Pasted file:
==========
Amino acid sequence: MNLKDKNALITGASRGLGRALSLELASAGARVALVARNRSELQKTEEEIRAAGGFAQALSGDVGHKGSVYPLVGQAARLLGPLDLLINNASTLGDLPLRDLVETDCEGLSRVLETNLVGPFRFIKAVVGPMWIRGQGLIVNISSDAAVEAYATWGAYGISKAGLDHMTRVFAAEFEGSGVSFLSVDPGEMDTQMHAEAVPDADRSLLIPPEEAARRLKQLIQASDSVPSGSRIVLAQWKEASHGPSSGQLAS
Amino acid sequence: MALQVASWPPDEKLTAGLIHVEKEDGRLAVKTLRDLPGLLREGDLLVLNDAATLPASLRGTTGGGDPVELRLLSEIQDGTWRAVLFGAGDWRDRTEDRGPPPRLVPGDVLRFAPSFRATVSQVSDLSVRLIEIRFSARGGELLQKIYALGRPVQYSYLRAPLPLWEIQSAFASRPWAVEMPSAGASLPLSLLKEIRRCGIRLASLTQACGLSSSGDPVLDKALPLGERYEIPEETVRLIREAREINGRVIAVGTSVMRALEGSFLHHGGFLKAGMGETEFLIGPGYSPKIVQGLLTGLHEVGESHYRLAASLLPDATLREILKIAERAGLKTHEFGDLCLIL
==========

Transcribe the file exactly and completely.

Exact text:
Amino acid sequence: MNLKDKNALITGASRGLGRALSLELASAGARVALVARNRSELQKTEEEIRAAGGFAQALSGDVGHKGSVYPLVGQAARLLGPLDLLINNASTLGDLPLRDLVETDCEGLSRVLETNLVGPFRFIKAVVGPMWIRGQGLIVNISSDAAVEAYATWGAYGISKAGLDHMTRVFAAEFEGSGVSFLSVDPGEMDTQMHAEAVPDADRSLLIPPEEAARRLKQLIQASDSVPSGSRIVLAQWKEASHGPSSGQLAS
Amino acid sequence: MALQVASWPPDEKLTAGLIHVEKEDGRLAVKTLRDLPGLLREGDLLVLNDAATLPASLRGTTGGGDPVELRLLSEIQDGTWRAVLFGAGDWRDRTEDRGPPPRLVPGDVLRFAPSFRATVSQVSDLSVRLIEIRFSARGGELLQKIYALGRPVQYSYLRAPLPLWEIQSAFASRPWAVEMPSAGASLPLSLLKEIRRCGIRLASLTQACGLSSSGDPVLDKALPLGERYEIPEETVRLIREAREINGRVIAVGTSVMRALEGSFLHHGGFLKAGMGETEFLIGPGYSPKIVQGLLTGLHEVGESHYRLAASLLPDATLREILKIAERAGLKTHEFGDLCLIL